The IRS has taken a pretty hard stance on crypto forks. They’ve clarified that any new coins received as a result of a hard fork should be treated as income and subject to Income Tax. You can calculate the amount of income by identifying the fair market value (FMV) of the coin on the day you receive it. You’ll need to report this as “other income” on IRS Form 1040.
As well as Income Tax, if you later sell, swap or spend your asset, any profit you make will be subject to Capital Gains Tax. Your cost basis for coins from a fork will be the fair market value on the day you received them, like above. You’ll need to report this on IRS Form 8949.
So for American crypto investors, you’ll pay two different kinds of tax on any coins or tokens received as a result of a hard fork.
You can find more information on how cryptocurrency is taxed in the US in our US Crypto Tax Guide.
How does HMRC tax forks?
HMRC has clear guidance on how they tax hard forks and it’s good news! HMRC doesn't view coins received as a result of hard forks as income, so they’re not subject to Income Tax.
They will however, be subject to Capital Gains Tax when you sell, swap, spend or gift them (excluding to spouse). Only any profit made from this transaction will be subject to Capital Gains Tax.
To figure out your profit, you simply subtract your cost basis (how much it cost you to acquire the coins plus any fees) from the value of the coin at the point you disposed of it. This matters when it comes to forks because HMRC has very specific rules for your cost basis.
Your cost basis for any coins from a fork is derived from your existing tokens from the previous blockchain - not the FMV of the new coin on the day you received it.
You can find more information on how cryptocurrency is taxed in the UK in our UK Crypto Tax Guide.
How does the ATO tax forks?
The ATO has two rules for hard forks and it depends on whether you’re an investor or running a cryptocurrency business.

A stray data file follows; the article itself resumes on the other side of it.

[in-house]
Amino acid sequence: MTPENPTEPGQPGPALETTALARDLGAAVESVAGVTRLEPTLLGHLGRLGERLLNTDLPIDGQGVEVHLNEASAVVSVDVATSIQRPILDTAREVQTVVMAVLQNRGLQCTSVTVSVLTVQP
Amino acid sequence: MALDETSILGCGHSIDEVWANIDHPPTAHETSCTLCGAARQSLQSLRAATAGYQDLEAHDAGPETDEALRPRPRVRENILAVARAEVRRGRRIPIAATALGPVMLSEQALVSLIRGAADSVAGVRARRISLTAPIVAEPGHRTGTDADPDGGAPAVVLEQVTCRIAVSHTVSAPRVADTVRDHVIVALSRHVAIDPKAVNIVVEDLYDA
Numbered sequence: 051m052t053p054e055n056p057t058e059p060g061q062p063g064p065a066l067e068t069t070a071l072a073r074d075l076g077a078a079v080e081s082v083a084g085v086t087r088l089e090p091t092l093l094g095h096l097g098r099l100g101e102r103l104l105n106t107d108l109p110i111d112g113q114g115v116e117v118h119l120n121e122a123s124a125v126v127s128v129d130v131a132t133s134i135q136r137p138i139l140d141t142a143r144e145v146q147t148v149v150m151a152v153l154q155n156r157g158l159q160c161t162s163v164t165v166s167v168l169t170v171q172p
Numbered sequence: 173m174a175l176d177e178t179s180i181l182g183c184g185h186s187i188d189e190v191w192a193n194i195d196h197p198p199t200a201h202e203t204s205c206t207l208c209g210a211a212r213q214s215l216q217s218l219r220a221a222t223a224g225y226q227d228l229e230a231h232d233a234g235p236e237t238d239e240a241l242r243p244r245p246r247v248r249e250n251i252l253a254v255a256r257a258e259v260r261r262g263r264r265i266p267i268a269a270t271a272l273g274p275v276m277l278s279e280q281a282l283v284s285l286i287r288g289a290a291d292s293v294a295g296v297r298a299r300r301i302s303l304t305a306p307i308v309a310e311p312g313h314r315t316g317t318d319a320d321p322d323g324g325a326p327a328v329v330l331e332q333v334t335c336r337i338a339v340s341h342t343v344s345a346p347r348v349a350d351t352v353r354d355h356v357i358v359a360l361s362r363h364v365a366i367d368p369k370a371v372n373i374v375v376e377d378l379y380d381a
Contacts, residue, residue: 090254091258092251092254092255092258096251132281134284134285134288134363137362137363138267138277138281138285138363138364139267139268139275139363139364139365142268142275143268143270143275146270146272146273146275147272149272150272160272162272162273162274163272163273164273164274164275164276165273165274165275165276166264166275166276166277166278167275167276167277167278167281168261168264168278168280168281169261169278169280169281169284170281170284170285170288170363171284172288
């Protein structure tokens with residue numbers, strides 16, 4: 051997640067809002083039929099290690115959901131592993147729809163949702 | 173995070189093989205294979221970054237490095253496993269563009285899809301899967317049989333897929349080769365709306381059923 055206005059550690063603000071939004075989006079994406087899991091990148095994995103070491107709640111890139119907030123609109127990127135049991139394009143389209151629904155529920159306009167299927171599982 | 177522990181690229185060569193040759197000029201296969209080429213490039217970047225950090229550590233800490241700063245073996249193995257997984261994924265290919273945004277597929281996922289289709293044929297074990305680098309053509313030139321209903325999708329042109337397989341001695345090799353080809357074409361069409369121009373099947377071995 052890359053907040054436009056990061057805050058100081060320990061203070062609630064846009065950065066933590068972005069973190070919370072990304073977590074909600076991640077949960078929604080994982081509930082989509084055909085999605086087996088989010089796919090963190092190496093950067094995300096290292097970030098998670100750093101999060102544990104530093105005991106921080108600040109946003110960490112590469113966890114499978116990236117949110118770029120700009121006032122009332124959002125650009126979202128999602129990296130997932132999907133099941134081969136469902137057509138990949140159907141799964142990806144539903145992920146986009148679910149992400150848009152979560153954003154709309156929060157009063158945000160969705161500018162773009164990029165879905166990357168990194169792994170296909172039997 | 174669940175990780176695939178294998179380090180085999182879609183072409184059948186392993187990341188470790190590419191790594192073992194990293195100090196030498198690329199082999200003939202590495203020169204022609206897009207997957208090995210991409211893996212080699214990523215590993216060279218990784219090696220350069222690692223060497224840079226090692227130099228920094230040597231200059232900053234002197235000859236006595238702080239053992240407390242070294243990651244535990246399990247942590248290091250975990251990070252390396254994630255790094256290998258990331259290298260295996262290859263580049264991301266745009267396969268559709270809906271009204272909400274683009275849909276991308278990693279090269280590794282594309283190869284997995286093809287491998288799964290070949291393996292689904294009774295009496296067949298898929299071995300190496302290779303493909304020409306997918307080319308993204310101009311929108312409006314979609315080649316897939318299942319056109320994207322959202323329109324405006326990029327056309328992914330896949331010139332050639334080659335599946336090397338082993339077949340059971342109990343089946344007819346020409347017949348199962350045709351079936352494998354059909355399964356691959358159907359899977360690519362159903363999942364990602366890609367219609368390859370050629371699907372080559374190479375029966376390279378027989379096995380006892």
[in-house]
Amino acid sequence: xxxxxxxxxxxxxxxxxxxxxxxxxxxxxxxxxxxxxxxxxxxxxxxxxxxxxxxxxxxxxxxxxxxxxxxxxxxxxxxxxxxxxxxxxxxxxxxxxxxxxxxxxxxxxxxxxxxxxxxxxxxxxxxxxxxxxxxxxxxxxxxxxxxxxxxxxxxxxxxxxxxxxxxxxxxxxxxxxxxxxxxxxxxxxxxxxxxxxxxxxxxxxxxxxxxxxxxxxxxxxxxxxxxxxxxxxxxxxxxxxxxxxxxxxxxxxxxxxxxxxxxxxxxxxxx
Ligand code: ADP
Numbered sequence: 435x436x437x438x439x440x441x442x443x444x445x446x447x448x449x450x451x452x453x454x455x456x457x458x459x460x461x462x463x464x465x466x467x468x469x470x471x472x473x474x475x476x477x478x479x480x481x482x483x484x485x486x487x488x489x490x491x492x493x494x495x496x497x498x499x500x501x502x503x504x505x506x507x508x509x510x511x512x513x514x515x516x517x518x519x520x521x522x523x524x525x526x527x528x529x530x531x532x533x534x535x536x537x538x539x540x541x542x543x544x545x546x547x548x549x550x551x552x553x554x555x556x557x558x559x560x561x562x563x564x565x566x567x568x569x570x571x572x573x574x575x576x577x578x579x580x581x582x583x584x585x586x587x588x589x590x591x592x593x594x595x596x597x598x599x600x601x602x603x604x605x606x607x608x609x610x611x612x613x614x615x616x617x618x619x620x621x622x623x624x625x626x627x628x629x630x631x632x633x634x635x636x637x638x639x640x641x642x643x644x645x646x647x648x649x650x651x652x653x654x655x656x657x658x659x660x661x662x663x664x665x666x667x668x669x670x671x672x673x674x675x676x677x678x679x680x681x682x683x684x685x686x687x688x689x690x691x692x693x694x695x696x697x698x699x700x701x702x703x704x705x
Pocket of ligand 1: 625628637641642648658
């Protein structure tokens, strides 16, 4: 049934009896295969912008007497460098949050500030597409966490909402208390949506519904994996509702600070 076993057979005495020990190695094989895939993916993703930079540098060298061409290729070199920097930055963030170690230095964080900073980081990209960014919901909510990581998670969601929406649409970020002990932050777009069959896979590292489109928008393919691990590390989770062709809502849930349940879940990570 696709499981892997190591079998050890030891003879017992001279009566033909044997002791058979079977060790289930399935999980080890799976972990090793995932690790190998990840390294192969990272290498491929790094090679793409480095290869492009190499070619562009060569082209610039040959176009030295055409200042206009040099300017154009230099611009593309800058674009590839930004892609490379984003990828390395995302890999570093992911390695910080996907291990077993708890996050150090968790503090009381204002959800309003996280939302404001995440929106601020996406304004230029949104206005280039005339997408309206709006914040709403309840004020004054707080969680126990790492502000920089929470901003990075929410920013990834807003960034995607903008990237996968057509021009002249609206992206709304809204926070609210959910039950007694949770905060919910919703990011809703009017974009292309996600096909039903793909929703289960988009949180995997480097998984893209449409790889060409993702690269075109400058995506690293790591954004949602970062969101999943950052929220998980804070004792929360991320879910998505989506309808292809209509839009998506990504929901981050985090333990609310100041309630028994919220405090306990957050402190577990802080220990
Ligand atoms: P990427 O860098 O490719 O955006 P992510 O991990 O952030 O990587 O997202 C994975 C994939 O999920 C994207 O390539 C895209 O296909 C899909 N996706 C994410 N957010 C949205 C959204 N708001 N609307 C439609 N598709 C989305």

If it’s the latter, you’ll need to follow trading stock tax rules, not crypto tax rules.
If you’re an investor, you won’t pay Income Tax on any new coins received as a result of a hard fork. You’ll only pay Capital Gains Tax when you dispose of them.
The ATO is also very clear that the cost basis for new coins from a hard fork is zero, so you’ll pay Capital Gains Tax on the total value of your coin as it’s all seen as profit. For example, you received 1 BCH in 2017 when it split from BTC. Your cost basis for this new coin is $0. You sell it a couple of months later at its peak for $2,000. Because your cost basis is zero - the whole $2,000 is viewed as profit by the ATO and subject to Capital Gains Tax.
One of the ways you can reduce this taxation is to HODL. Australian investors who hold assets for longer than a year enjoy a 50% long-term Capital Gains Tax discount when they sell, swap, spend or gift them. This discount would apply to coins received from a fork, just as it would to any other crypto asset held for more than a year.
You can find more information on how cryptocurrency is taxed in the Australia in our Australian Crypto Tax Guide.